Sci. Signal., 20 September 2011
Profiling Pathogen-Induced PhosphorylationContamination of food with the pathogenic bacterium Salmonella enterica is a leading source of food poisoning. Salmonella induces inflammation in the intestine, a process that requires the bacterial enzyme SopB. Rogers et al. provide a temporal profile of sites in Salmonella-infected host cell proteins with increased or decreased phosphorylation, many of which were predicted to be targeted by the kinases Akt and Pim. Deficiency in members of the Pim family in host cells attenuated release of the proinflammatory cytokine interleukin-8. Many of these changes in the phosphorylation of host cell proteins were reduced in cells infected with Salmonella lacking SopB, which activates Akt in host cells. Activation of Akt by Salmonella was originally shown to promote survival of host cells, but some of the predicted Akt-mediated phosphorylation events may promote invasion by Salmonella as well. This work provides a map of the phosphorylation events that occur in Salmonella-infected cells and identifies the host cell kinases that the pathogen manipulates during the initial stages of infection.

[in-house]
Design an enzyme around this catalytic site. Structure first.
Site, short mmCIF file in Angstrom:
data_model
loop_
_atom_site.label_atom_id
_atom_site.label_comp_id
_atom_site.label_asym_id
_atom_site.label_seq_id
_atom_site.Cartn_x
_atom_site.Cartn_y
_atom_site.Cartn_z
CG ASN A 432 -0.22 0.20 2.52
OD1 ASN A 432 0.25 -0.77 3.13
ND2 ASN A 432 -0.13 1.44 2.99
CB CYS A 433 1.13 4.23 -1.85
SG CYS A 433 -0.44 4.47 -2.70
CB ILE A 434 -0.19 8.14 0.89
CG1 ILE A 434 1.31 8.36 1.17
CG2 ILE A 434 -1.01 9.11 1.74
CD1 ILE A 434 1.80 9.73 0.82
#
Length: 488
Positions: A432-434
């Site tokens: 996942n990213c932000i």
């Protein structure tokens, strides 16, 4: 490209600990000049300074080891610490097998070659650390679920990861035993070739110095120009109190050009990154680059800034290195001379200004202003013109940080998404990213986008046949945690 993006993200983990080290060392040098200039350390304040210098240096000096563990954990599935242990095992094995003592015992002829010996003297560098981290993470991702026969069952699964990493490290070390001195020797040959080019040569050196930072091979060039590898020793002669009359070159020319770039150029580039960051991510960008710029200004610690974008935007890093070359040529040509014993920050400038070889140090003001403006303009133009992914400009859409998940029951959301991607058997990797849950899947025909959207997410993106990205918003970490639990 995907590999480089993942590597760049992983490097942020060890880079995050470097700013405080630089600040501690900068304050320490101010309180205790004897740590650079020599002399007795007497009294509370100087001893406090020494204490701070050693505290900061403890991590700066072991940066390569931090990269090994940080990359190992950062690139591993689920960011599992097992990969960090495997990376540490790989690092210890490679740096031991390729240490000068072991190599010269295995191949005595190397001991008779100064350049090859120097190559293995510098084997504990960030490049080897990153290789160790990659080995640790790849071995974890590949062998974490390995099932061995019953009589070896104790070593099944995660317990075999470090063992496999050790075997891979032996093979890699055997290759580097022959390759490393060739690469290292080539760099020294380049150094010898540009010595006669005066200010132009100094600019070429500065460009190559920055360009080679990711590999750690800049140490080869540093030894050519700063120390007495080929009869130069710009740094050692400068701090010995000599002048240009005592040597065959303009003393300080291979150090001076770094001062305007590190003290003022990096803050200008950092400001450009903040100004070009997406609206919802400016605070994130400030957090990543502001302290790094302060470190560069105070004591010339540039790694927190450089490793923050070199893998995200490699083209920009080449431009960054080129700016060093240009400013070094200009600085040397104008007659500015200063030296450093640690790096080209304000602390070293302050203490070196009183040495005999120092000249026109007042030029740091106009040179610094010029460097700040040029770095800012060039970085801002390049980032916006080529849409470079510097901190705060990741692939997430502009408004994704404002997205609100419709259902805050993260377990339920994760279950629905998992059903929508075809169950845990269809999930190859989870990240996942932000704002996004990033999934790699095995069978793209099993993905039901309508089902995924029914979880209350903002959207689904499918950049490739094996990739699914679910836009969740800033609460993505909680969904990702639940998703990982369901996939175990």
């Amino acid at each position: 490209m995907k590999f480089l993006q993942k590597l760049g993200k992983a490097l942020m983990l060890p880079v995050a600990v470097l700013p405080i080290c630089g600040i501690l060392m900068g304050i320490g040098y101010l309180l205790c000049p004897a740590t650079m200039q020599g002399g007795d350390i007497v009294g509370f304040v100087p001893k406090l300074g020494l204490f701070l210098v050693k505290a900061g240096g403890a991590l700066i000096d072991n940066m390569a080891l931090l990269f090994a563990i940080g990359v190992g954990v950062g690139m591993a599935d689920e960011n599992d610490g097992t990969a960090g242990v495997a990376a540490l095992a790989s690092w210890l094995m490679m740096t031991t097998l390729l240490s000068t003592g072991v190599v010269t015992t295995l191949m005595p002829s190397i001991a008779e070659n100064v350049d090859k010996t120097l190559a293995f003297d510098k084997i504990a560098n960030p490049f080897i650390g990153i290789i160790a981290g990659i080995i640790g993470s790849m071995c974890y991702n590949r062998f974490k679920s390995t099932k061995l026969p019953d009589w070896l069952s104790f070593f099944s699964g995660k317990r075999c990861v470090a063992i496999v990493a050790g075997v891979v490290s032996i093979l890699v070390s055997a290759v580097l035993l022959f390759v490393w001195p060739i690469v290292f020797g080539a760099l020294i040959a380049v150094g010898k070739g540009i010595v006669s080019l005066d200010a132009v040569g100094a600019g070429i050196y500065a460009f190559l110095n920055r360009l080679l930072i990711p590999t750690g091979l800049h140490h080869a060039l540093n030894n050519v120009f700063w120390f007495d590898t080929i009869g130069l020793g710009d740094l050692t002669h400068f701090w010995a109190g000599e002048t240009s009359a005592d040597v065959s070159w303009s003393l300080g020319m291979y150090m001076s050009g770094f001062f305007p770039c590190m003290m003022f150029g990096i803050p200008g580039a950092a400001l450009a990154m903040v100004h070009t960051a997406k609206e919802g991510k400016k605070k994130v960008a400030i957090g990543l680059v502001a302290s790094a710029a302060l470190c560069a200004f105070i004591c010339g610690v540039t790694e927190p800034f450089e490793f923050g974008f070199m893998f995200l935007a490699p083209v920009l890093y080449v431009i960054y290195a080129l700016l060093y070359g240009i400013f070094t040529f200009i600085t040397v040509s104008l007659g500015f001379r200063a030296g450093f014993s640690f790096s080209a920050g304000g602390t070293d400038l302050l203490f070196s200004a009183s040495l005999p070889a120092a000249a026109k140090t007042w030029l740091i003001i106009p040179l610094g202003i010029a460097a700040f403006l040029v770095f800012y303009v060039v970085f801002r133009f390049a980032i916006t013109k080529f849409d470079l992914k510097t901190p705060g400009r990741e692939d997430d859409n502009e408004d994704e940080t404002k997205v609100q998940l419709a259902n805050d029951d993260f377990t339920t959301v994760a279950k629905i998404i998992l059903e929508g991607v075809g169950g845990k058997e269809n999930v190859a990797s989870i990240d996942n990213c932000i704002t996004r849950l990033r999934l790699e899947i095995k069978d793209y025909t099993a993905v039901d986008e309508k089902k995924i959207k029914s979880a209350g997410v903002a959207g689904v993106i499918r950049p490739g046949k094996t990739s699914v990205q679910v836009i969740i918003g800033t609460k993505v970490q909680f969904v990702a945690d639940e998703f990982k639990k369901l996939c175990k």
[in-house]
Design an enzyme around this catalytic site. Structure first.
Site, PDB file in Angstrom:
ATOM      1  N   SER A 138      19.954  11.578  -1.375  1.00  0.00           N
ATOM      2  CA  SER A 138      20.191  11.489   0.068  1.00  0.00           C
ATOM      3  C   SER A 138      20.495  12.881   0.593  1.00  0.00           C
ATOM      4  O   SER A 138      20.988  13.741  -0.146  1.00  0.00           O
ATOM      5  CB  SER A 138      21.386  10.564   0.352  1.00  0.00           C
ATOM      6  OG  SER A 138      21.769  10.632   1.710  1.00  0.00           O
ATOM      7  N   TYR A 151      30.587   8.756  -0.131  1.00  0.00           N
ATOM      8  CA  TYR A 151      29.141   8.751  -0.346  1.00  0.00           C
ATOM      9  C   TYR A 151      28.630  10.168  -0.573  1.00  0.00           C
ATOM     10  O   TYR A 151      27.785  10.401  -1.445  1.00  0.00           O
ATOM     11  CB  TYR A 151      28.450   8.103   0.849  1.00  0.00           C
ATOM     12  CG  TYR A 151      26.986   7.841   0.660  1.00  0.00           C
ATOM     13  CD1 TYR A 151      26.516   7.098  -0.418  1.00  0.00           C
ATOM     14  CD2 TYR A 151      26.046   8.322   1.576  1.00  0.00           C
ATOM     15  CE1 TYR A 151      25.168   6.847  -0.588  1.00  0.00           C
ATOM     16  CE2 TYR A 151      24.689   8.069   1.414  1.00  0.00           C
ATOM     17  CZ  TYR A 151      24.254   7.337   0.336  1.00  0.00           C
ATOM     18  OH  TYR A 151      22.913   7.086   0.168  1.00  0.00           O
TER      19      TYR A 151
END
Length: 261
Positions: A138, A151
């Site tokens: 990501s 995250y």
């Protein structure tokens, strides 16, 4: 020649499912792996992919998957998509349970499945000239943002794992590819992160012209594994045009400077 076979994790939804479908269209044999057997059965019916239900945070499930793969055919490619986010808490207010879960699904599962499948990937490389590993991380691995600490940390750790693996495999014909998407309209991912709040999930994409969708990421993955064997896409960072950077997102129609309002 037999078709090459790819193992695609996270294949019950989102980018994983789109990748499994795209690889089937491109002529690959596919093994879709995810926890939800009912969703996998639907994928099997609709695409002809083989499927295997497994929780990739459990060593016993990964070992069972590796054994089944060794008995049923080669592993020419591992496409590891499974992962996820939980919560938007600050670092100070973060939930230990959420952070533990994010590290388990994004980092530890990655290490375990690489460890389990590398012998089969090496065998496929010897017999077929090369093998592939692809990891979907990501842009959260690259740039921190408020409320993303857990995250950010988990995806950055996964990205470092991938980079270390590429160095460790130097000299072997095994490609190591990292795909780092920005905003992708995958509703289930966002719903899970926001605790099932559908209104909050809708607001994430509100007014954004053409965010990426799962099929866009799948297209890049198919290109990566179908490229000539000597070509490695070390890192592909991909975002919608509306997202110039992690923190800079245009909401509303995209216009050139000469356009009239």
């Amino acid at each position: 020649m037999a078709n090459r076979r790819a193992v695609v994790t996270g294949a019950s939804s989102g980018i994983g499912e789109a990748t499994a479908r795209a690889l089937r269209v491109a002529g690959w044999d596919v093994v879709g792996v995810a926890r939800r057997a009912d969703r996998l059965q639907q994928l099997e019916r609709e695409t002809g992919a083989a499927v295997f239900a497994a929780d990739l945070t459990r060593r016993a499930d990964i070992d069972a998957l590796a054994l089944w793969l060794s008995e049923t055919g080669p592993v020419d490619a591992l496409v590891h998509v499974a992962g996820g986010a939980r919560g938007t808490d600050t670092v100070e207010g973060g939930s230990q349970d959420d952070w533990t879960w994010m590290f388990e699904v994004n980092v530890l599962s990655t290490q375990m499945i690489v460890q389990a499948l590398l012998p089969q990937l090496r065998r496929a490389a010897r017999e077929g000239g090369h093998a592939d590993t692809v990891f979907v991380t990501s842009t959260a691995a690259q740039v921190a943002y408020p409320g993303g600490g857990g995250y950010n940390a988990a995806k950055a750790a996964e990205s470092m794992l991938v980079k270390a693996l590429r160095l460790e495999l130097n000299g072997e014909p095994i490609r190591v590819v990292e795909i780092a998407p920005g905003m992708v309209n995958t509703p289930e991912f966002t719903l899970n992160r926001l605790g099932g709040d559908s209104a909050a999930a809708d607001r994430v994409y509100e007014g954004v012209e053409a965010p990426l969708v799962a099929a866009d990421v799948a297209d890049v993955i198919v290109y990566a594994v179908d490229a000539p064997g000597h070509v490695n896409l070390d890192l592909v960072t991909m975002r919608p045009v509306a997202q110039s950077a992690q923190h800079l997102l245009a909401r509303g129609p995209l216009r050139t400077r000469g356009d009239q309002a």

Citation: L. D. Rogers, N. F. Brown, Y. Fang, S. Pelech, L. J. Foster, Phosphoproteomic Analysis of Salmonella-Infected Cells Identifies Key Kinase Regulators and SopB-Dependent Host Phosphorylation Events. Sci. Signal. 4, rs9 (2011).
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